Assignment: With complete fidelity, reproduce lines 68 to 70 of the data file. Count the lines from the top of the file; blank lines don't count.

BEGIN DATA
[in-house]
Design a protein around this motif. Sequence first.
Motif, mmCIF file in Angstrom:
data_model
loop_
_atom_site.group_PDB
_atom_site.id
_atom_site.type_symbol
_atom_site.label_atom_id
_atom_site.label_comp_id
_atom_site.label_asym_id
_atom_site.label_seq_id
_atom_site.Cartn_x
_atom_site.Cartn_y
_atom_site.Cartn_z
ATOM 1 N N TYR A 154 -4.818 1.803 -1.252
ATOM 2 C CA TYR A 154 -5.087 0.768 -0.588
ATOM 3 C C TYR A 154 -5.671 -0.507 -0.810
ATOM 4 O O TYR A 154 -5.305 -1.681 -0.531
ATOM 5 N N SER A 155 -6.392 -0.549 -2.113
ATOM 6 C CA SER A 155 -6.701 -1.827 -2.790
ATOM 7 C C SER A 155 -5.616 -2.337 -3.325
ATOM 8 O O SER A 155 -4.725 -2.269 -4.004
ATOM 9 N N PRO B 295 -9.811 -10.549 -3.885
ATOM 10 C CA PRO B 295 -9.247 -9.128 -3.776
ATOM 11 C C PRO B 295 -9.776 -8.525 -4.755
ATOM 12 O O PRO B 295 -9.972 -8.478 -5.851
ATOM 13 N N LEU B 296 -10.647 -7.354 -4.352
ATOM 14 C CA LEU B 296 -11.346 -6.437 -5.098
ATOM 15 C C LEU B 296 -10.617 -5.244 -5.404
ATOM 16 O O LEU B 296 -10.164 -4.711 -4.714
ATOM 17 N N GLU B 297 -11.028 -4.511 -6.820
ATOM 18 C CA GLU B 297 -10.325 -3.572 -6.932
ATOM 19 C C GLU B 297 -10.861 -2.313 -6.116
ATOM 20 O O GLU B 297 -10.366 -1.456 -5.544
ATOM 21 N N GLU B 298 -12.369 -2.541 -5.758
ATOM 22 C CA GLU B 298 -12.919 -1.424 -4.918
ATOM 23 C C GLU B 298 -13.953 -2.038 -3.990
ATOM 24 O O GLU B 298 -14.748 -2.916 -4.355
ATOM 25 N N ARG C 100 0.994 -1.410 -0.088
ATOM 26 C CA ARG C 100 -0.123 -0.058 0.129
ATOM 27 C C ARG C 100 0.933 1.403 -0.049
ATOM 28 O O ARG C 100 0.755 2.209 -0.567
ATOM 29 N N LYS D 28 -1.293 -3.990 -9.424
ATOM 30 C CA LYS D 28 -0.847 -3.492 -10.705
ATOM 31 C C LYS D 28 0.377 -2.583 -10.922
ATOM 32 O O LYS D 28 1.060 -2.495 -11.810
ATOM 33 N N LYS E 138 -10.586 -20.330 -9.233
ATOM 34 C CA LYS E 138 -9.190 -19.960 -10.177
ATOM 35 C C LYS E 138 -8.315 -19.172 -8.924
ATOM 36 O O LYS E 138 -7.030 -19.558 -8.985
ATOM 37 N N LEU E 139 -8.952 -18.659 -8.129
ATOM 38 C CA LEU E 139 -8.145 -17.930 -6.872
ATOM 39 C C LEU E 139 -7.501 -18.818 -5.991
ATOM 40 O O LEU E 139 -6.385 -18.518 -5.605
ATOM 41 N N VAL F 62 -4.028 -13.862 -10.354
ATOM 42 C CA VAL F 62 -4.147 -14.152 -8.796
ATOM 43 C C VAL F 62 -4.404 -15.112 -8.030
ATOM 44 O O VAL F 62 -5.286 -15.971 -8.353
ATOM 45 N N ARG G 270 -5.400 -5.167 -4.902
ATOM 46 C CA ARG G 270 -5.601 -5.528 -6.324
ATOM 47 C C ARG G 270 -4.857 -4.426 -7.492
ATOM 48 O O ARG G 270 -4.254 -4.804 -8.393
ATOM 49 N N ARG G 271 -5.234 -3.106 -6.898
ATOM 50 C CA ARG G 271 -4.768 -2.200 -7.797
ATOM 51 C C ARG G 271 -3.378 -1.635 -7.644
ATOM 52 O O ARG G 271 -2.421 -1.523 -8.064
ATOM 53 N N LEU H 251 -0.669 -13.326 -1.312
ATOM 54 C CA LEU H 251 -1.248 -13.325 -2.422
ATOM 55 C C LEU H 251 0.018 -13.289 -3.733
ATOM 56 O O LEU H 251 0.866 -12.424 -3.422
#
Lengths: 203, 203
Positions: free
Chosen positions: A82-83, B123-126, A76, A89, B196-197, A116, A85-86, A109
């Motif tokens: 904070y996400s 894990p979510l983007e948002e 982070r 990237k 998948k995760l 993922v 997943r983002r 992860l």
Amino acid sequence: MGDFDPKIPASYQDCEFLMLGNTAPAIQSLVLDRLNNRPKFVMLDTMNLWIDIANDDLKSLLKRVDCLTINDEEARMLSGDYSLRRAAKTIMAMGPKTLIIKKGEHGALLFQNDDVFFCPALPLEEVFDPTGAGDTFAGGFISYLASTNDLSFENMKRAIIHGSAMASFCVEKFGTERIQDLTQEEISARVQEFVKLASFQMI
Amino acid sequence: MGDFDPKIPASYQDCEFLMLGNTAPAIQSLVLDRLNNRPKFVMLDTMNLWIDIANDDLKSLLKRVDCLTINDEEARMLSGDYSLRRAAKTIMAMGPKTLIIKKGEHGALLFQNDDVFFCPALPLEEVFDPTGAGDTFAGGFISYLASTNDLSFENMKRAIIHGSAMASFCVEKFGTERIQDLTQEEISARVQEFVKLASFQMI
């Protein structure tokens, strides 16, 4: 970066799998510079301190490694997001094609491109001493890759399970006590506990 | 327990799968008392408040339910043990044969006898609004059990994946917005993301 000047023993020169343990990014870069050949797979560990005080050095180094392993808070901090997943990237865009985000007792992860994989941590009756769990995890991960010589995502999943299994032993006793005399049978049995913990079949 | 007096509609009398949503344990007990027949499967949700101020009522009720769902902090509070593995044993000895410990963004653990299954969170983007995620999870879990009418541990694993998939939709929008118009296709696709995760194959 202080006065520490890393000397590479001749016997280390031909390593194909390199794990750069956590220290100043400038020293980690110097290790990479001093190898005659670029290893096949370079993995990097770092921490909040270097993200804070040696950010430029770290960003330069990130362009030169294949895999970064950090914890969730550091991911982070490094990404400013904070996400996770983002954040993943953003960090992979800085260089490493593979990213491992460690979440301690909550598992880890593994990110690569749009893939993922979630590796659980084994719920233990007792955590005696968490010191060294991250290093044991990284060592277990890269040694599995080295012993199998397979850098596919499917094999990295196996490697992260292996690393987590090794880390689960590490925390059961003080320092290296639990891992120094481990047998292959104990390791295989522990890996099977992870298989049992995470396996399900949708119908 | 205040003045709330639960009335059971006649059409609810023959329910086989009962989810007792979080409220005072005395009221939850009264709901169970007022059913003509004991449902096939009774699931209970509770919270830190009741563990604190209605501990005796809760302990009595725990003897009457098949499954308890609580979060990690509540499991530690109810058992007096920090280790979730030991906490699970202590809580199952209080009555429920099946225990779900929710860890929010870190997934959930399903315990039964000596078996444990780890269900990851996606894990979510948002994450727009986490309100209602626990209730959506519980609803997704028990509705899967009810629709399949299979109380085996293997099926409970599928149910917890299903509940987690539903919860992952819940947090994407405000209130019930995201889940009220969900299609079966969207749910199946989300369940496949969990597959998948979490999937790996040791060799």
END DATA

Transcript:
ATOM 53 N N LEU H 251 -0.669 -13.326 -1.312
ATOM 54 C CA LEU H 251 -1.248 -13.325 -2.422
ATOM 55 C C LEU H 251 0.018 -13.289 -3.733